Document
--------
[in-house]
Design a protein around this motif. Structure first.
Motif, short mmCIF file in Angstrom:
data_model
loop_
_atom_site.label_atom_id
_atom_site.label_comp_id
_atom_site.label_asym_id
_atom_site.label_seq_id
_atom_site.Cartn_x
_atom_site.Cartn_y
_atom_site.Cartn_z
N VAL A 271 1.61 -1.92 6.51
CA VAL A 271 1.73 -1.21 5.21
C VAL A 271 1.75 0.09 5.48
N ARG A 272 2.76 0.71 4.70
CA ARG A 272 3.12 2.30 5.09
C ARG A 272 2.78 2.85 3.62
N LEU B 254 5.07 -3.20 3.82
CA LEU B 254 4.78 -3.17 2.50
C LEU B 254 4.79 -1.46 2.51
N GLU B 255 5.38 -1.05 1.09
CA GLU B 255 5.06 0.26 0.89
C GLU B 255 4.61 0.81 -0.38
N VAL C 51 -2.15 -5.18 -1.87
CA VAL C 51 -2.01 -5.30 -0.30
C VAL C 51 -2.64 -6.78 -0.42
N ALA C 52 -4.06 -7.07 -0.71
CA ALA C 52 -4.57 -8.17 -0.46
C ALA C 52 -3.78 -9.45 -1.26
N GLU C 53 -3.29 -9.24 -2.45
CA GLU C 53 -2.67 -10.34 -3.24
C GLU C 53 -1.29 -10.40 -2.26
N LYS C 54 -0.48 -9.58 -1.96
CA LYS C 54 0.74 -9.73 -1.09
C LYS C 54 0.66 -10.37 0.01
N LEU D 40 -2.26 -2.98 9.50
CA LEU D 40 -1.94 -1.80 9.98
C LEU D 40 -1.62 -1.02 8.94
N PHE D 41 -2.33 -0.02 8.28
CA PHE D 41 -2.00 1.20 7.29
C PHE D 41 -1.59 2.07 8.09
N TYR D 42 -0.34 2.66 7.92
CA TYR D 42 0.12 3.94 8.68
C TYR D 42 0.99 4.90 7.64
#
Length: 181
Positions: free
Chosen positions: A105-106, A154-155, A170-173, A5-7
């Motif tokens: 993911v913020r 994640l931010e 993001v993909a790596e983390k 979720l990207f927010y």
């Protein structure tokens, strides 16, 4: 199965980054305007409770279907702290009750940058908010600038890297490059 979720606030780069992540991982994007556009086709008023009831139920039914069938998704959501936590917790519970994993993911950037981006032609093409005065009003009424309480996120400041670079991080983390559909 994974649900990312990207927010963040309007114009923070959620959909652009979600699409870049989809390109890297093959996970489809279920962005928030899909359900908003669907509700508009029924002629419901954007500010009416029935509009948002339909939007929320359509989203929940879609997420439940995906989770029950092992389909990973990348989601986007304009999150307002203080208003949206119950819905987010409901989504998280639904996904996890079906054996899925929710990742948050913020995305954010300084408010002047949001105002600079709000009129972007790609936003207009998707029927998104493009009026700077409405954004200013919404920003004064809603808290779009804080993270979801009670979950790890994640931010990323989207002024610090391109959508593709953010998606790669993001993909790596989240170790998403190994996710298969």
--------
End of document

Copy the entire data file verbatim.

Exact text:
[in-house]
Design a protein around this motif. Structure first.
Motif, short mmCIF file in Angstrom:
data_model
loop_
_atom_site.label_atom_id
_atom_site.label_comp_id
_atom_site.label_asym_id
_atom_site.label_seq_id
_atom_site.Cartn_x
_atom_site.Cartn_y
_atom_site.Cartn_z
N VAL A 271 1.61 -1.92 6.51
CA VAL A 271 1.73 -1.21 5.21
C VAL A 271 1.75 0.09 5.48
N ARG A 272 2.76 0.71 4.70
CA ARG A 272 3.12 2.30 5.09
C ARG A 272 2.78 2.85 3.62
N LEU B 254 5.07 -3.20 3.82
CA LEU B 254 4.78 -3.17 2.50
C LEU B 254 4.79 -1.46 2.51
N GLU B 255 5.38 -1.05 1.09
CA GLU B 255 5.06 0.26 0.89
C GLU B 255 4.61 0.81 -0.38
N VAL C 51 -2.15 -5.18 -1.87
CA VAL C 51 -2.01 -5.30 -0.30
C VAL C 51 -2.64 -6.78 -0.42
N ALA C 52 -4.06 -7.07 -0.71
CA ALA C 52 -4.57 -8.17 -0.46
C ALA C 52 -3.78 -9.45 -1.26
N GLU C 53 -3.29 -9.24 -2.45
CA GLU C 53 -2.67 -10.34 -3.24
C GLU C 53 -1.29 -10.40 -2.26
N LYS C 54 -0.48 -9.58 -1.96
CA LYS C 54 0.74 -9.73 -1.09
C LYS C 54 0.66 -10.37 0.01
N LEU D 40 -2.26 -2.98 9.50
CA LEU D 40 -1.94 -1.80 9.98
C LEU D 40 -1.62 -1.02 8.94
N PHE D 41 -2.33 -0.02 8.28
CA PHE D 41 -2.00 1.20 7.29
C PHE D 41 -1.59 2.07 8.09
N TYR D 42 -0.34 2.66 7.92
CA TYR D 42 0.12 3.94 8.68
C TYR D 42 0.99 4.90 7.64
#
Length: 181
Positions: free
Chosen positions: A105-106, A154-155, A170-173, A5-7
């Motif tokens: 993911v913020r 994640l931010e 993001v993909a790596e983390k 979720l990207f927010y």
């Protein structure tokens, strides 16, 4: 199965980054305007409770279907702290009750940058908010600038890297490059 979720606030780069992540991982994007556009086709008023009831139920039914069938998704959501936590917790519970994993993911950037981006032609093409005065009003009424309480996120400041670079991080983390559909 994974649900990312990207927010963040309007114009923070959620959909652009979600699409870049989809390109890297093959996970489809279920962005928030899909359900908003669907509700508009029924002629419901954007500010009416029935509009948002339909939007929320359509989203929940879609997420439940995906989770029950092992389909990973990348989601986007304009999150307002203080208003949206119950819905987010409901989504998280639904996904996890079906054996899925929710990742948050913020995305954010300084408010002047949001105002600079709000009129972007790609936003207009998707029927998104493009009026700077409405954004200013919404920003004064809603808290779009804080993270979801009670979950790890994640931010990323989207002024610090391109959508593709953010998606790669993001993909790596989240170790998403190994996710298969």